Note: Most Internet Explorer 8 users encounter issues playing the presentation videos. Please update your browser or use a different one if available.

Adolescents with ASD Show Attenuated Neural Response to Reciprocal Eye Contact

Friday, 3 May 2013: 09:00-13:00
Banquet Hall (Kursaal Centre)
A. Naples1, M. Coffman1, C. E. Mukerji1, R. Tillman2 and J. C. McPartland1, (1)Yale Child Study Center, New Haven, CT, (2)Child Study Center, Yale University, New Haven, CT

Problems with eye contact represent one of the most pervasive and early manifesting symptoms of autism spectrum disorders (ASDs). Prior electrophysiological research in gaze perception in ASD has focused primarily on passive observation of social information, failing to address the interactive nature of eye contact. Our preliminary work in typical development (TD) revealed two event-related potential (ERP) indices of detection of shared gaze in real time during reciprocal interactions: the N170, measured at occipitotemporal electrodes, and the P300, measured at central electrodes. The temporal dynamics of brain activity during reciprocal social interactions in ASD remain largely unexplored. 


By applying experimental paradigms in which on-screen faces responded to participant gaze, this study investigated brain activity evoked by reciprocal eye contact. Our objective was to evaluate the characteristics of ERP markers of shared gaze in individuals with ASD and to explore their relationship to social behavior. We predicted that individuals with ASD would not differentiate changes in responsive gaze at early or late ERP components and that the N170 would be less sensitive to point of gaze in individuals with ASD versus TD.


ERPs were recorded from 20 high-functioning adolescents with ASD and 20 matched TD controls using a 128 electrode Geodesic Hydrocel Net. Eye movements were recorded from high-speed remote eye-tracking system (SR-Research Eyelink 1000) integrated with a stimulus presentation computer and EEG recording. Through co-registered ET and EEG, the experimental paradigm was controlled by participant gaze. Trials began with a peripherally-presented fixation crosshair followed by a centrally-presented face displaying either direct or averted gaze. Contingent upon participant fixation, the face responded by either looking at the participant (eye contact) or looking away from the participant (averted gaze). ERPs were time-locked to face movement; the N170 was extracted from occipital electrodes and the P300 was extracted at central electrodes.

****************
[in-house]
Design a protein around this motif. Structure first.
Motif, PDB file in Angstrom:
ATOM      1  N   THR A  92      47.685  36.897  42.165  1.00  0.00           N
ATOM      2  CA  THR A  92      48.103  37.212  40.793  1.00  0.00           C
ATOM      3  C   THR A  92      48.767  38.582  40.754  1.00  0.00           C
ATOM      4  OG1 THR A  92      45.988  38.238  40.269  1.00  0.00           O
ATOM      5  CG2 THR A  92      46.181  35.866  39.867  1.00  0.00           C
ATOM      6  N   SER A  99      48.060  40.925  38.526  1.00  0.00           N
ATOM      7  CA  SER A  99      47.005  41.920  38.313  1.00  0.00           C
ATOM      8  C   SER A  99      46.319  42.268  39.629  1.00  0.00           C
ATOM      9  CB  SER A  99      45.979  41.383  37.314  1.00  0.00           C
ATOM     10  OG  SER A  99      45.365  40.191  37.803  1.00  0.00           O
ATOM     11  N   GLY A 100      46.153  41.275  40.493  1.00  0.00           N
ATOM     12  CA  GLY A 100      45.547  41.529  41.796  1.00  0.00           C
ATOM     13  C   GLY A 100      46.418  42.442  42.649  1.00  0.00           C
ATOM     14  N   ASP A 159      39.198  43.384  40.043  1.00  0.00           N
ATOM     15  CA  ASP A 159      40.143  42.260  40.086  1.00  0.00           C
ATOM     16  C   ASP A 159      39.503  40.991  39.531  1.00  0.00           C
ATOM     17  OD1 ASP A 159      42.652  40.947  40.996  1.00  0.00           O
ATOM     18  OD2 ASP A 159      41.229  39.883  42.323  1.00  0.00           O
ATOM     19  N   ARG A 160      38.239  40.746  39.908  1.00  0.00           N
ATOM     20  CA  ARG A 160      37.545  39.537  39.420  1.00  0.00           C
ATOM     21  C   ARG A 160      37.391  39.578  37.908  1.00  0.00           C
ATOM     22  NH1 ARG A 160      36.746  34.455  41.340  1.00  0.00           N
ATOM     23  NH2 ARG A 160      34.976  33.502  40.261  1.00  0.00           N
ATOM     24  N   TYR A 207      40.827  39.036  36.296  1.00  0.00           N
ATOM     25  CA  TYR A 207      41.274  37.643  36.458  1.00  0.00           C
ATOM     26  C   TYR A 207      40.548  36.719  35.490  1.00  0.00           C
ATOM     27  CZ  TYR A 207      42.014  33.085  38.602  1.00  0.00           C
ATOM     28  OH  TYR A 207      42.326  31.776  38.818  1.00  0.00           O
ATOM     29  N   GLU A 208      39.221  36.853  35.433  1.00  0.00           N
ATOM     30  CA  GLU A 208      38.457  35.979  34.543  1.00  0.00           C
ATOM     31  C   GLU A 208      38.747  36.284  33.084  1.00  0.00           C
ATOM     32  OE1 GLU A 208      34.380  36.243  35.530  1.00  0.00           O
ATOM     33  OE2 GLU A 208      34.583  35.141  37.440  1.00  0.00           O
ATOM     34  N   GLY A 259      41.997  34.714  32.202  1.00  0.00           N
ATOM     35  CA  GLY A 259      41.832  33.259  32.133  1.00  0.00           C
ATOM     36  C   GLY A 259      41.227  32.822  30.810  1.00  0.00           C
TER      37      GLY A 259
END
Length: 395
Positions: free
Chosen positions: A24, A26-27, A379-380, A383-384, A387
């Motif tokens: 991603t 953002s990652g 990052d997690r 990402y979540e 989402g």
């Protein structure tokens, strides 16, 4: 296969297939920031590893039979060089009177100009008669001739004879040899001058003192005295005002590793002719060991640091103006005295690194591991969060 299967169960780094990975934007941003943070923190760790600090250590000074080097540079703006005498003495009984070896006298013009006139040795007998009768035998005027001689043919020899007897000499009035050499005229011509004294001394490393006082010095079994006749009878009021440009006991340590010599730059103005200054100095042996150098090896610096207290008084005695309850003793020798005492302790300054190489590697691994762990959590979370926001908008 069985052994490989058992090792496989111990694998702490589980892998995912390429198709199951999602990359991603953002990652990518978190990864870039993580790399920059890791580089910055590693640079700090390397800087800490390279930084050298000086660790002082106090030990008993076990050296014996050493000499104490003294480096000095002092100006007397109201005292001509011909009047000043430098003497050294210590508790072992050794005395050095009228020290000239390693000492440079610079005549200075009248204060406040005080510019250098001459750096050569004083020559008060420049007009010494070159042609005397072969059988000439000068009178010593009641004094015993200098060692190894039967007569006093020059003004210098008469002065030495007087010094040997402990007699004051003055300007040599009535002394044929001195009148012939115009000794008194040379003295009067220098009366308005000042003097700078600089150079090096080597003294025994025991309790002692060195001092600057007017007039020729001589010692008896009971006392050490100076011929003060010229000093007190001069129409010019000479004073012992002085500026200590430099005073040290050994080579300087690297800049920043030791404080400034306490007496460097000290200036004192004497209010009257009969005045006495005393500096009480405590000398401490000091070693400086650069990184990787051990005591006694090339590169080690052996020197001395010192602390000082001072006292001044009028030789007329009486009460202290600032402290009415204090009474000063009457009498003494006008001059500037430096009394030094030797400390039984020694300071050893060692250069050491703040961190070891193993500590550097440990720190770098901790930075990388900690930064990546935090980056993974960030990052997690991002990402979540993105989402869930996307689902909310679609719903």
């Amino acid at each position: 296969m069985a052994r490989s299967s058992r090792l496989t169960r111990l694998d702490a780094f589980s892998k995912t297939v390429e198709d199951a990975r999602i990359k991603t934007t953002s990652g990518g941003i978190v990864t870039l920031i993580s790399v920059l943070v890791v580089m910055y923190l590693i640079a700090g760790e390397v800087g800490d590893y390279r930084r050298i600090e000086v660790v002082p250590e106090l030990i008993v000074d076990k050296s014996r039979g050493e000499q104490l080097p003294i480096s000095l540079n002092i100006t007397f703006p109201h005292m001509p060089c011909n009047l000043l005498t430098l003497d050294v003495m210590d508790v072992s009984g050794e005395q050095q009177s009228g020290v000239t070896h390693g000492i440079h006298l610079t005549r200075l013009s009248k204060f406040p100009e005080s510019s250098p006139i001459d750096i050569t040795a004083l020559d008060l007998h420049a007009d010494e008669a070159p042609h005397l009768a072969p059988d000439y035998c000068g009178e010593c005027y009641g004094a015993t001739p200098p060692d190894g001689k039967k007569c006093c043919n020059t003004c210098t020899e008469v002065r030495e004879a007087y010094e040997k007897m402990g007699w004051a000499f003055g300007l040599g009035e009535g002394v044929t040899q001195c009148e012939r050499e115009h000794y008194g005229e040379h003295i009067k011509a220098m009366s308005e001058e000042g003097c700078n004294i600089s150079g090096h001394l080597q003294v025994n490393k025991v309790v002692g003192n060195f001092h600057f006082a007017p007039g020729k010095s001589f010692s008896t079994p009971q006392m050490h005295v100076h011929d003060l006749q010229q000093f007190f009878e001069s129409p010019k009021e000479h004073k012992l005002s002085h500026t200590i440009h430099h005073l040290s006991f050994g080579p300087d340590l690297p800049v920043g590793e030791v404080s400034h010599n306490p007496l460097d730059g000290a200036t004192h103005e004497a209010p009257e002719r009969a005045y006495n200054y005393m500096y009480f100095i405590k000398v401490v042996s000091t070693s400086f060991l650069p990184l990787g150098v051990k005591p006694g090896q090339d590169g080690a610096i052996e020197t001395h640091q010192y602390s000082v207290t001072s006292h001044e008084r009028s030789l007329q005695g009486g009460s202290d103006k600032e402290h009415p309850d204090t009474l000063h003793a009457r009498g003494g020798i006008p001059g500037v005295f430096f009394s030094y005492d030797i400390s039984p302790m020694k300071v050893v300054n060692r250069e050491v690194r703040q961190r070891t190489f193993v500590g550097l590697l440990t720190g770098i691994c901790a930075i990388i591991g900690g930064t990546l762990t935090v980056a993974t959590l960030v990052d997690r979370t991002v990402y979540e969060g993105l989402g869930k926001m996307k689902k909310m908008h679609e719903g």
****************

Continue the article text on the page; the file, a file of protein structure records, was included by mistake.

Results:   Preliminary results show an enhanced P300 to eye contact in typically developing individuals that was attenuated in ASD (mean amplitude TD 1.7µV, mean amplitude ASD  -.41µV). Among typically developing individuals 73% of fixations were to eye-regions of the face, and the N170 to responsive eye contact was attenuated on trials in which participants fixated to non-eye regions of the face (mean difference in amplitude = 1.94µV). Analyses in progress investigate the relationship between point of gaze and neural response to eye contact in individuals with ASD. 


We demonstrate an electrophysiological marker of shared gaze that is absent in individuals with ASD. We interpret this finding to indicate that individuals with ASD are less sensitive to socially-relevant changes in gaze even when these changes are contingent on their own behavior. That these individuals differentially respond to the outcomes of their own gaze shifts suggests a potentially different approach to learning about their environment and others during development. By exploring brain response to shared gaze in a context driven by participant behavior we gain a more nuanced profile of social brain dysfunction and a potential mechanism for defining subgroups based on performance during interactive assessment.

See more of: Neurophysiology 1
See more of: Neurophysiology
See more of: Brain Structure & Function
| More